Daily Memo: New Details on Hong Kong’s Security Law

Several digital platforms said they would deny law enforcement requests for user data.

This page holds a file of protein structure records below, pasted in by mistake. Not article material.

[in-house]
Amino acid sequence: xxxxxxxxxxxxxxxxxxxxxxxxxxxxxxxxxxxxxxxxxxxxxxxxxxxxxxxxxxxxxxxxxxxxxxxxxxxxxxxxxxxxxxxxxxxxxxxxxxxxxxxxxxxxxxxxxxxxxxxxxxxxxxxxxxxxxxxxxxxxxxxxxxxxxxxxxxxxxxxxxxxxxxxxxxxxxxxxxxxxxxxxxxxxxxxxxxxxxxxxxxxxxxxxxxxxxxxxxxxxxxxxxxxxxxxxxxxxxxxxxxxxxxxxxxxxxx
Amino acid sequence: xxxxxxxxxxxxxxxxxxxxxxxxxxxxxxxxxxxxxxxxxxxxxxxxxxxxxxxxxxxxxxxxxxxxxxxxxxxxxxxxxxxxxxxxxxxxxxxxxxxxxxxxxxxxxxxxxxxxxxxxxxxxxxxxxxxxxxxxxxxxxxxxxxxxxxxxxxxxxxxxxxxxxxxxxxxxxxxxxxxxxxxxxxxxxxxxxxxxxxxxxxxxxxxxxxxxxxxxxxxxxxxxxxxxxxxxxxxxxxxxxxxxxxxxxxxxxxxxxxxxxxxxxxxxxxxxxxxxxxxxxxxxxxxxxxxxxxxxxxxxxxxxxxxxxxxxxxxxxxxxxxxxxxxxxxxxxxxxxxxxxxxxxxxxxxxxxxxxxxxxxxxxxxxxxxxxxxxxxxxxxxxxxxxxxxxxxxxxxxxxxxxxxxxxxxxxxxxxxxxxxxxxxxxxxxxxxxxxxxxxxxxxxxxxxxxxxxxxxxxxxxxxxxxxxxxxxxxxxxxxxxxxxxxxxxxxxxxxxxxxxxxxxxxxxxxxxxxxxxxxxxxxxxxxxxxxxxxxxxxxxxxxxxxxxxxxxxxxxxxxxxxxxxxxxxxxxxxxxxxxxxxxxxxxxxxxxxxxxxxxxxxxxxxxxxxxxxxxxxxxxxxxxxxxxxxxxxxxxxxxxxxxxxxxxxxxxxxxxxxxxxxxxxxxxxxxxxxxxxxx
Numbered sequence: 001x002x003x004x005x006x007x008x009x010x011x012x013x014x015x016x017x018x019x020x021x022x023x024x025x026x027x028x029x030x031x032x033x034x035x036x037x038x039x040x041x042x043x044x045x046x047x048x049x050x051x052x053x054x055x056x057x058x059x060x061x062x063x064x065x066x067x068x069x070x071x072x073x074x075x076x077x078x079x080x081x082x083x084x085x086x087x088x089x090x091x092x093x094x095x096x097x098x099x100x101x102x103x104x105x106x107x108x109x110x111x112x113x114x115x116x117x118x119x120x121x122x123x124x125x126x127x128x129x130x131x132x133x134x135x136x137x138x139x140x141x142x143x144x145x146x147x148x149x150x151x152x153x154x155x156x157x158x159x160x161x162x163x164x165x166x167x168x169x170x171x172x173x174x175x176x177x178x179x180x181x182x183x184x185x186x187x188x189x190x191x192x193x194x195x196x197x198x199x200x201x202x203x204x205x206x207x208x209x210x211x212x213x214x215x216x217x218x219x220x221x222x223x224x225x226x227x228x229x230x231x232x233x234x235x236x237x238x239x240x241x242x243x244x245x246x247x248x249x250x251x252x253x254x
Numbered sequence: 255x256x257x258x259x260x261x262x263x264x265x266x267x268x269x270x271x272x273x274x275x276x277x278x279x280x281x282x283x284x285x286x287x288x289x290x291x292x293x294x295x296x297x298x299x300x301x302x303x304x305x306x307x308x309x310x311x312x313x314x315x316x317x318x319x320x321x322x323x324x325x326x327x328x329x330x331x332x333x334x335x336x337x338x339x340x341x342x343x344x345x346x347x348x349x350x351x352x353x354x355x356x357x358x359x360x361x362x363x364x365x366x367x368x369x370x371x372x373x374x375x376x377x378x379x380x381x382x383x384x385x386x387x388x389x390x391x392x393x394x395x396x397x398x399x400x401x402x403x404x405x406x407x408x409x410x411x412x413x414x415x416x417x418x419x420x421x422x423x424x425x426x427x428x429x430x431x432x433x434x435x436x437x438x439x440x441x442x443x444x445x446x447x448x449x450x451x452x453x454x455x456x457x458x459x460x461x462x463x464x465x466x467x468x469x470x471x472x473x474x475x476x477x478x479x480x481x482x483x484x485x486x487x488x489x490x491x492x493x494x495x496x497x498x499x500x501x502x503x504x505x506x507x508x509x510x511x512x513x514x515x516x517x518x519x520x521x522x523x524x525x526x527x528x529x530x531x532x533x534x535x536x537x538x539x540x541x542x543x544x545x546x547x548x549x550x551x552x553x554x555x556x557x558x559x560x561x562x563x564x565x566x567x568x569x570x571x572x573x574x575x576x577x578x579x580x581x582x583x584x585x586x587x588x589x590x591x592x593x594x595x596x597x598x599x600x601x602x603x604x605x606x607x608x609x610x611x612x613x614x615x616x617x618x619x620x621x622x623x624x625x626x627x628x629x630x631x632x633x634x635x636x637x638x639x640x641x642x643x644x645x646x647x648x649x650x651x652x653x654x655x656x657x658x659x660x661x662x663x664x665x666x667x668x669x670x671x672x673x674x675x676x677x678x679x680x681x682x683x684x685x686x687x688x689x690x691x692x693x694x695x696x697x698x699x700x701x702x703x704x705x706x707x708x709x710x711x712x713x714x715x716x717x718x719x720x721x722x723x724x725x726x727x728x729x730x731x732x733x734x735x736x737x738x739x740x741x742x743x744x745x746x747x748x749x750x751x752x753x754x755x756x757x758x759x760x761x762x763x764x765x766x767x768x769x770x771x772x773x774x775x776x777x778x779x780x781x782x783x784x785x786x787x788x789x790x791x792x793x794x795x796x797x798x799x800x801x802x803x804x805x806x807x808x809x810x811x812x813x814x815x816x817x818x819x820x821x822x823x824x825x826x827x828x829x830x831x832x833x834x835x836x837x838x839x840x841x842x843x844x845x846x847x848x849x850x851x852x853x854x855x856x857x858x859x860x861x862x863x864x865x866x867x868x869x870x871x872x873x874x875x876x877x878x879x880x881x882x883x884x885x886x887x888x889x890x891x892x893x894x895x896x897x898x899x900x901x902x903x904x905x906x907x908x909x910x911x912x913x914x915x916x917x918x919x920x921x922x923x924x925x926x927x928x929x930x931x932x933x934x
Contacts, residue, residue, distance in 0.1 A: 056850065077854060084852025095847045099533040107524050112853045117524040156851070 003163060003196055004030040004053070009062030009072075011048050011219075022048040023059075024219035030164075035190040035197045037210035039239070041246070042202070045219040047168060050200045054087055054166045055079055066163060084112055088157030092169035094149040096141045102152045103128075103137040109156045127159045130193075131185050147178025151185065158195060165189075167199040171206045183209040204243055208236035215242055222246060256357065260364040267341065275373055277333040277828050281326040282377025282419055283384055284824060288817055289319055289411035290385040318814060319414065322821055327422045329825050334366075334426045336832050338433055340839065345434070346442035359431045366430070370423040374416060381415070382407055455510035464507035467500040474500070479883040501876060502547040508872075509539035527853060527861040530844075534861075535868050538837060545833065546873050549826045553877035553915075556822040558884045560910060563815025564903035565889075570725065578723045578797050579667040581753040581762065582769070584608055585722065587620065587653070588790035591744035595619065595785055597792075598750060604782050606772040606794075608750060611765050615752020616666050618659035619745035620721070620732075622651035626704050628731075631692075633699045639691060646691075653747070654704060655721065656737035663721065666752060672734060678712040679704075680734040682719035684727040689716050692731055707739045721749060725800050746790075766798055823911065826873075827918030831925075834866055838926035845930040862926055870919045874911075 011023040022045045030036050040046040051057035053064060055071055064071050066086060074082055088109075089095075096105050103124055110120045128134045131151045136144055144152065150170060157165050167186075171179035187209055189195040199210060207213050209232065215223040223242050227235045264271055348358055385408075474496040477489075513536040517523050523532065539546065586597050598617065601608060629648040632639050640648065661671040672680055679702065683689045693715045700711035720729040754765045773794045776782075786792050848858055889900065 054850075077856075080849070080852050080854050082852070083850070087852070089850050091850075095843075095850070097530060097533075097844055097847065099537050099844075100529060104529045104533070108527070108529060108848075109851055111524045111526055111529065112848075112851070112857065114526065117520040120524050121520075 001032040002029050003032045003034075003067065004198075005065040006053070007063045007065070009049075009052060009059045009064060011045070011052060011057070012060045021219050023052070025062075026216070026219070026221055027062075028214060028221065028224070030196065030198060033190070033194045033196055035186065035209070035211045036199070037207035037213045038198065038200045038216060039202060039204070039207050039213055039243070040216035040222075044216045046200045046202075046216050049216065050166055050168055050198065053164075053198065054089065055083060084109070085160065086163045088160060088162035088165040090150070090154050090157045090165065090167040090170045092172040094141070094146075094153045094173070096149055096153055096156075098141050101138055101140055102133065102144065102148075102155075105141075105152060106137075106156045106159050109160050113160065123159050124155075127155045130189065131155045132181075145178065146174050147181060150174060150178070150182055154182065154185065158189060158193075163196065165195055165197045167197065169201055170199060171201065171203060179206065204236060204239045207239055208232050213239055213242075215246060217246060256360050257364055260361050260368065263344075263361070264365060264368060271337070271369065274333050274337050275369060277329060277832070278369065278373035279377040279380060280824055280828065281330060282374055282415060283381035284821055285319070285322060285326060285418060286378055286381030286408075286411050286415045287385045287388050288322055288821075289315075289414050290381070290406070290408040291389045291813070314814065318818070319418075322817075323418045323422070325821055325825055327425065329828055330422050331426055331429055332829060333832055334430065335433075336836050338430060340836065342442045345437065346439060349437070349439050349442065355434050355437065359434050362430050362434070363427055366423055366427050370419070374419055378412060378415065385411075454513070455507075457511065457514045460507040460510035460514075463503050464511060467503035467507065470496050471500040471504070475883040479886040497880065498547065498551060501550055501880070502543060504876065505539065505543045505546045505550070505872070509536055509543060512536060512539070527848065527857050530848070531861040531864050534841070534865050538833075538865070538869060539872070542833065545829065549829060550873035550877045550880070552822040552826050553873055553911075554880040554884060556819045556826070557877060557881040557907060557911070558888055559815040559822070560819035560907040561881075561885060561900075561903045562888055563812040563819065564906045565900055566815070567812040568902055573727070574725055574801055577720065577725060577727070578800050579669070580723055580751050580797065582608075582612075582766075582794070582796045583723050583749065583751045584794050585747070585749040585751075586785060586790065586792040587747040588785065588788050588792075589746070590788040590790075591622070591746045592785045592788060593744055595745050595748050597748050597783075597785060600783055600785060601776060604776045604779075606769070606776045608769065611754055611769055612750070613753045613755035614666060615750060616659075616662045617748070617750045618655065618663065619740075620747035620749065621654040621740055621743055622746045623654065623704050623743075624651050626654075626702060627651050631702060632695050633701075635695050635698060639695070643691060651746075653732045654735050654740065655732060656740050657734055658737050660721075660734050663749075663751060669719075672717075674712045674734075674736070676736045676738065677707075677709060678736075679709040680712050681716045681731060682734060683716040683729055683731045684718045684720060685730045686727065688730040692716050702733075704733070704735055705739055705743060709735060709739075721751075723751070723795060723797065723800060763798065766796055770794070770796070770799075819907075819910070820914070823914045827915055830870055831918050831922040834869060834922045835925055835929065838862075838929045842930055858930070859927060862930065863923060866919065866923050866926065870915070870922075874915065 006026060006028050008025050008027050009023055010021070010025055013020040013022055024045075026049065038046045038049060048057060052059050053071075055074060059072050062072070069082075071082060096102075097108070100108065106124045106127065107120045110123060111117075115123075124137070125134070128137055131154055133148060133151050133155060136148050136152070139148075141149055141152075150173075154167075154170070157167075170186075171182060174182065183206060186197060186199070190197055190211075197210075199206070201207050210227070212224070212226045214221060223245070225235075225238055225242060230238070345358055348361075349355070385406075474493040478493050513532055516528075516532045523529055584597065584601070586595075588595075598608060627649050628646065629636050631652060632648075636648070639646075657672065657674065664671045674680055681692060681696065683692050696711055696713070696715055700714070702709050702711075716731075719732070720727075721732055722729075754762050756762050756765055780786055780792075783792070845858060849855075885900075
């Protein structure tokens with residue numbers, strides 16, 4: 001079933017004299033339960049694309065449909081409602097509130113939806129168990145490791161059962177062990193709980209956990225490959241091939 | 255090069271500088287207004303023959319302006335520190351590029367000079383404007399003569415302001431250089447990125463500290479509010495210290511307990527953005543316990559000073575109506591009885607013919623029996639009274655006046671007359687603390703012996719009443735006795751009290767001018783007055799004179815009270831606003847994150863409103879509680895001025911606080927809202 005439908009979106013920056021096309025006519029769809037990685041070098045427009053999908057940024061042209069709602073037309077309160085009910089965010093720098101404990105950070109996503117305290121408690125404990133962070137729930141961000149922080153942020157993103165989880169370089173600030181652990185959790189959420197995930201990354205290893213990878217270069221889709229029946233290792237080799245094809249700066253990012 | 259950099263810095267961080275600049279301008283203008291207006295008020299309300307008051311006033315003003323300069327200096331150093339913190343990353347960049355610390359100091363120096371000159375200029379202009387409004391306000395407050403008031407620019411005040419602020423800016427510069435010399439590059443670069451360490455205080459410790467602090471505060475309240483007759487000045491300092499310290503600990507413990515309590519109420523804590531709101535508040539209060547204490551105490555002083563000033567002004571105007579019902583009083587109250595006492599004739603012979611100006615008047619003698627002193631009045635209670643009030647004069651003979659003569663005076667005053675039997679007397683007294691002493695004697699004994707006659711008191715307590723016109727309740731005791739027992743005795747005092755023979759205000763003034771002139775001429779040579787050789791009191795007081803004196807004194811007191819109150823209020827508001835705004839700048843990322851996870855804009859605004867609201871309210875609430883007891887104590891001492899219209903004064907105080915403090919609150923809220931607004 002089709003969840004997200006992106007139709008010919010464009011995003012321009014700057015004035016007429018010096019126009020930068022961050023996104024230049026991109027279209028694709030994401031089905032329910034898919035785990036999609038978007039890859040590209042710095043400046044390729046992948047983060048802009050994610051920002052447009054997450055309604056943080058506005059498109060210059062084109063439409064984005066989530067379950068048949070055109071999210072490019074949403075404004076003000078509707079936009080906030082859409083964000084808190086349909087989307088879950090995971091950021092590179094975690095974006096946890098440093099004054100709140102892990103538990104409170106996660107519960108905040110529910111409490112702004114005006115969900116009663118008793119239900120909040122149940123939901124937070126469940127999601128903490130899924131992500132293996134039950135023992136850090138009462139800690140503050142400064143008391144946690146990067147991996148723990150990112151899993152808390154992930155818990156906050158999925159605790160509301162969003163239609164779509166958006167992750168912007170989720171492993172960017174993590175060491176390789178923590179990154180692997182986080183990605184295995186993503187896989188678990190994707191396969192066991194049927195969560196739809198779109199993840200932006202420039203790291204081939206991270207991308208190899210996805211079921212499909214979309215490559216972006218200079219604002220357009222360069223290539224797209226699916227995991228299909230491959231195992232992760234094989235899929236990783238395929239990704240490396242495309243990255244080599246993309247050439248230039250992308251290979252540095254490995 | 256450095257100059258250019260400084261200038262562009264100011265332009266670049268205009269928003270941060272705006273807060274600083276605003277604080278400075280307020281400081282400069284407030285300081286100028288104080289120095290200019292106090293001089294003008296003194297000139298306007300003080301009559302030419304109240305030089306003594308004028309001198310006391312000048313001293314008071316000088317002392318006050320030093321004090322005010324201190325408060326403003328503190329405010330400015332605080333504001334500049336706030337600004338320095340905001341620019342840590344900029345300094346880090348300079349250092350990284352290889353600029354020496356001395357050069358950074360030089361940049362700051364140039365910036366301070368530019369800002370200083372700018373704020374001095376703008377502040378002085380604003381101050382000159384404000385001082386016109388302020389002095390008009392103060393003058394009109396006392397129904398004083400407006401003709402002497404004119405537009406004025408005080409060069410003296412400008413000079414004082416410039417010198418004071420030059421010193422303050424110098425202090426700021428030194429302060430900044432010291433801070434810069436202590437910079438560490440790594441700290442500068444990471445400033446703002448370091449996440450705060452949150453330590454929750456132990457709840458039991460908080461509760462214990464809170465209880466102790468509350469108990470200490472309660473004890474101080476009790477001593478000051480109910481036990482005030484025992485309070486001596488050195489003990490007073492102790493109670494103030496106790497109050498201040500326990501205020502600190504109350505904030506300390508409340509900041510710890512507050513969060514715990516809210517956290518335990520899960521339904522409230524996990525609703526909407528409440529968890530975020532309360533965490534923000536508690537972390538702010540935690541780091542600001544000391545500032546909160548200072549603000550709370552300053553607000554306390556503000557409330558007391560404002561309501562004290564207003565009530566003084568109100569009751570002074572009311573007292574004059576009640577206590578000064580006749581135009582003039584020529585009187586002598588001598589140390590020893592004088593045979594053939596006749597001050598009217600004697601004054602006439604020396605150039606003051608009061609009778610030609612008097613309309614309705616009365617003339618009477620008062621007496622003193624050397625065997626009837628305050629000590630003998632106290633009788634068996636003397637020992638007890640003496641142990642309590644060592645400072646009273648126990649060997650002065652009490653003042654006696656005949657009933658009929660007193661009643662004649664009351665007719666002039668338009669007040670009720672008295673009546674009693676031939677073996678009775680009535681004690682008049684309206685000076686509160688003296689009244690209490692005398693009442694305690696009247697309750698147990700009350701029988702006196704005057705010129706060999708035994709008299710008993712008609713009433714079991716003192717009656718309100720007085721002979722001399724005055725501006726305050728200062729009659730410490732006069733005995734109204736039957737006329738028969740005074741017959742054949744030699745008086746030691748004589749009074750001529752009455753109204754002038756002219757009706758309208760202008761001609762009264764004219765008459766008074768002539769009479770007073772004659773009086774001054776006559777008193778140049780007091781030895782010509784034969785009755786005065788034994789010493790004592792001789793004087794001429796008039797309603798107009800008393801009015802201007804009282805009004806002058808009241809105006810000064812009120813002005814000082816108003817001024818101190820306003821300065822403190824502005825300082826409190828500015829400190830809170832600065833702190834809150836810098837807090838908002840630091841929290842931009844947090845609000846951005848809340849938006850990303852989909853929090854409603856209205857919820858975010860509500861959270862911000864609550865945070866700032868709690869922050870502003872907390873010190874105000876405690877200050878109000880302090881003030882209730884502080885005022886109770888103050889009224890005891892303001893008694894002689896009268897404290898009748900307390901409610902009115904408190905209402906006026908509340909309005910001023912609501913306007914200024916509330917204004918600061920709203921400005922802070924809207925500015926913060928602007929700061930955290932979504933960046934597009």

Hong Kong security law details. The government in Hong Kong released more details on the new national security law intended to crack down on dissent. The law reduces judicial oversight restricting police surveillance, permits some police searches in the absence of a warrant, and permits officers to confiscate travel documents to prevent suspects from leaving Hong Kong. It also requires social media sites and internet service providers to remove messages considered a threat to national security and to provide user data, or face fines of up to 100,000 Hong Kong dollars ($12,903) and jail time of up to six months. In response, a number of digital platforms, such as Facebook, WhatsApp and Telegram, said they would deny law enforcement requests for user data, and TikTok, which is owned by China-based ByteDance, announced it would cease operations in Hong Kong in the coming days. Russia’s sluggish recovery. The share of Russians with average monthly income below 15,000 rubles ($210) has grown to 44.6 percent from 38.1 percent amid the coronavirus pandemic, according to the results of a June survey conducted by the Rosgosstrakh life insurance company and the Perspektiva research and technology center. For reference, the monthly minimum wage in Russia […]

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